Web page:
How Vaginal Yeast Infection Is Treated

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A vaginal yeast infection is a common and uncomfortable problem that many women will experience at least once. Fortunately, there are many treatment options available.

Over-the-counter (OTC) treatments may be adequate for milder yeast infections. However, symptoms can sometimes be caused by other conditions, so you should get a diagnosis before treating yourself. If your yeast infection is severe or a chronic problem, your provider may prescribe an oral or topical medication.

This article covers the various OTC and prescription medications available to treat vaginal yeast infections. It also discusses some home remedies and lifestyle changes you can try to speed healing along and help prevent future yeast infections.

Yeast infection causes and risk factors
Verywell / Emily Roberts

Over-the-Counter Therapies

The OTC products available for vaginal yeast infections typically have one of four active ingredients:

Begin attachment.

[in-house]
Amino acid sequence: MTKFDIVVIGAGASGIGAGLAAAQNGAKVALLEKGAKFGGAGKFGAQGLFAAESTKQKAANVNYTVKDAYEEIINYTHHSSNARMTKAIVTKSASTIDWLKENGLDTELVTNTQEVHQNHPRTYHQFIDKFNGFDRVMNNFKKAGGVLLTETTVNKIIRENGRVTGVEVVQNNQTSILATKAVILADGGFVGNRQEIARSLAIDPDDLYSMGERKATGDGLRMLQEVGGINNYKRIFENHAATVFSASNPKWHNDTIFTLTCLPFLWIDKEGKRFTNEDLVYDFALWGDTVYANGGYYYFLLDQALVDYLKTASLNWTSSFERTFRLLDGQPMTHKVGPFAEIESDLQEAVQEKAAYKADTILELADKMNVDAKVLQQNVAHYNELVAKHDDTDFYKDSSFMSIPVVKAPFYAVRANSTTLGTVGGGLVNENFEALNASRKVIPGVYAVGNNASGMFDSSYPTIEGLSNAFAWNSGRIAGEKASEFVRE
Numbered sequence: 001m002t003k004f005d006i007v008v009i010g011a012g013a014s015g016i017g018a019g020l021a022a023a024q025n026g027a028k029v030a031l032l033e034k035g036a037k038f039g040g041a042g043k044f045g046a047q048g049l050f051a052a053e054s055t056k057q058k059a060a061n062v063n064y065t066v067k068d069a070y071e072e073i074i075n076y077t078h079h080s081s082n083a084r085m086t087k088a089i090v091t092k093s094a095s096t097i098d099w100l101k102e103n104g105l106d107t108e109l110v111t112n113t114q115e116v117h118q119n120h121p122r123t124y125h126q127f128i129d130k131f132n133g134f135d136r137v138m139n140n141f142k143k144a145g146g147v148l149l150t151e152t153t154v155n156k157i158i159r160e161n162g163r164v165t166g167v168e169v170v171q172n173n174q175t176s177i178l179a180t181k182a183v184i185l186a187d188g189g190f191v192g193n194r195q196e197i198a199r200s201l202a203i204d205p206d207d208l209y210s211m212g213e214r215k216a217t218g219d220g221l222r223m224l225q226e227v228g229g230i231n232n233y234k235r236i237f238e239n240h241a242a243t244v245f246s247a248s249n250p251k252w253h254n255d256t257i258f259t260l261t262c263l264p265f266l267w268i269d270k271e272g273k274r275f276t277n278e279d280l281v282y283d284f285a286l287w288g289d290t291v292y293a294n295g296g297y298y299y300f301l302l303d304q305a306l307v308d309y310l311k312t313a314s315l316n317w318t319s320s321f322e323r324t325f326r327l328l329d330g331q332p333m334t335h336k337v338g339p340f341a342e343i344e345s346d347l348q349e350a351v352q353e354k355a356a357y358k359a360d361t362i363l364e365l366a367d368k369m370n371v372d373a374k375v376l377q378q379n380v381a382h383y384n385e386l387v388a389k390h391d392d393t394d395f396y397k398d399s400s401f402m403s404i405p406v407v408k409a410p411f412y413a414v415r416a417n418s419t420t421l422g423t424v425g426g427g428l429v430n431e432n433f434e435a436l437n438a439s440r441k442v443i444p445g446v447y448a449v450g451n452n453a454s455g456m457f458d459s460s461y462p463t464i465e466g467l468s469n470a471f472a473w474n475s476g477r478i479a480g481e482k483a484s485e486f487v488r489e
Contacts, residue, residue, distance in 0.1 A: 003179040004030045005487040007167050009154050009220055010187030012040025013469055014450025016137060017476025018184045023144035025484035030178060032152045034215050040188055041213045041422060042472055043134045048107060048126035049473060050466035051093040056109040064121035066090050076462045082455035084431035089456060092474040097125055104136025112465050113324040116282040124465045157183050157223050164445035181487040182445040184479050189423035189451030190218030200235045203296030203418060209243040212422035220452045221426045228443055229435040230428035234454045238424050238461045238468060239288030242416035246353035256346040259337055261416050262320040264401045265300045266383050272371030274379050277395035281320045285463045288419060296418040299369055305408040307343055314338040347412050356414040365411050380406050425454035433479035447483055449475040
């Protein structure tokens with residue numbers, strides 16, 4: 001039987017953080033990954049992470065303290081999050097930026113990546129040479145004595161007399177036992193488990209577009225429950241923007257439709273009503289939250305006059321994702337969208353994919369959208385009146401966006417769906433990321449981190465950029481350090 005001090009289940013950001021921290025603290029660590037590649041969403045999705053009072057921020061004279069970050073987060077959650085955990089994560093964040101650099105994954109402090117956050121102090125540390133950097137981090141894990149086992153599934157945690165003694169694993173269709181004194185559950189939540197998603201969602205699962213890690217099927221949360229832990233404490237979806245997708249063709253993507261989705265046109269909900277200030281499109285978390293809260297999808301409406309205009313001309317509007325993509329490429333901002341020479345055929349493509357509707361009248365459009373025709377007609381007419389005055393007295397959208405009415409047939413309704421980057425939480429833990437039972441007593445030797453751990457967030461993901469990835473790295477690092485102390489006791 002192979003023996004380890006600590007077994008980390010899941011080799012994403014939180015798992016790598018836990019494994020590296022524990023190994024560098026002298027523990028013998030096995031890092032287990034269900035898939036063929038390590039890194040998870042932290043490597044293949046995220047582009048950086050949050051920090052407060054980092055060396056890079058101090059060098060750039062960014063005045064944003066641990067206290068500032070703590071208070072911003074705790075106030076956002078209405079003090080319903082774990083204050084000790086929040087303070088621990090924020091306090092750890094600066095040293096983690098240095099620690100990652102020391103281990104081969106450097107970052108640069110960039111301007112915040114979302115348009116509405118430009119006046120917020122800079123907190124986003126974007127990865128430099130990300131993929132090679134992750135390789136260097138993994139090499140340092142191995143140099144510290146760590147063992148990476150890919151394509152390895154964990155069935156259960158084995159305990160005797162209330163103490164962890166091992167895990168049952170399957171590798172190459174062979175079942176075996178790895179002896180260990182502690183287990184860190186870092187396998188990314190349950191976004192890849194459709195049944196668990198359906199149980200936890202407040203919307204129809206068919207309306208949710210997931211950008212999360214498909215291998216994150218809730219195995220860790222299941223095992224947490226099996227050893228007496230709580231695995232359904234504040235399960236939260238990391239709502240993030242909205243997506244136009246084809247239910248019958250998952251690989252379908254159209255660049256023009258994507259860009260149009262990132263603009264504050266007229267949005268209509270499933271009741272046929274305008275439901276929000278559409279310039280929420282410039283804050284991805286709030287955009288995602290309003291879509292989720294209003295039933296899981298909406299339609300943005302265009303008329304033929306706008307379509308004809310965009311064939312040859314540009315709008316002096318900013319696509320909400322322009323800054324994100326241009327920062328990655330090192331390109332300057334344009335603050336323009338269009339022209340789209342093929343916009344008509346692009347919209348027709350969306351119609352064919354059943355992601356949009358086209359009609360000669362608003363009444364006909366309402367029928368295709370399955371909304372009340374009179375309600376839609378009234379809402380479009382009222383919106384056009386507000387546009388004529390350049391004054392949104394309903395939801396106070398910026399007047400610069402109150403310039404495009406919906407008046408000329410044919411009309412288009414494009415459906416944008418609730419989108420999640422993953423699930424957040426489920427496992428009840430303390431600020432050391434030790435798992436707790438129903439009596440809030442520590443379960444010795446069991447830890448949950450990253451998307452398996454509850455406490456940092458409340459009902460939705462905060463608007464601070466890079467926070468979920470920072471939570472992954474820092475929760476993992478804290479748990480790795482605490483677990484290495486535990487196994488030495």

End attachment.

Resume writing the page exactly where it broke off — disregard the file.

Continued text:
• Butoconazole
  • Clotrimazole
  • Miconazole
  • Tioconazole

These drugs are all in the same anti-fungal family. They work in similar ways to break down the Candida organism, which is the type of fungus that most commonly causes yeast infections. Eventually, the organism dissolves and the infection clears up.

These drugs are generally considered safe to use if you are pregnant.

When you visit your healthcare provider for your vaginal yeast infection, discuss the pros and cons of the different types of medications available and ask which is best for you.

Treatments for yeast infection are available as:

Once you start using an OTC anti-fungal medication, your yeast infection symptoms will probably begin to resolve within a few days.

It's extremely important to continue to use your medication for the entire number of days recommended. Even if your symptoms have gone away, the fungus may still be active enough to cause a relapse.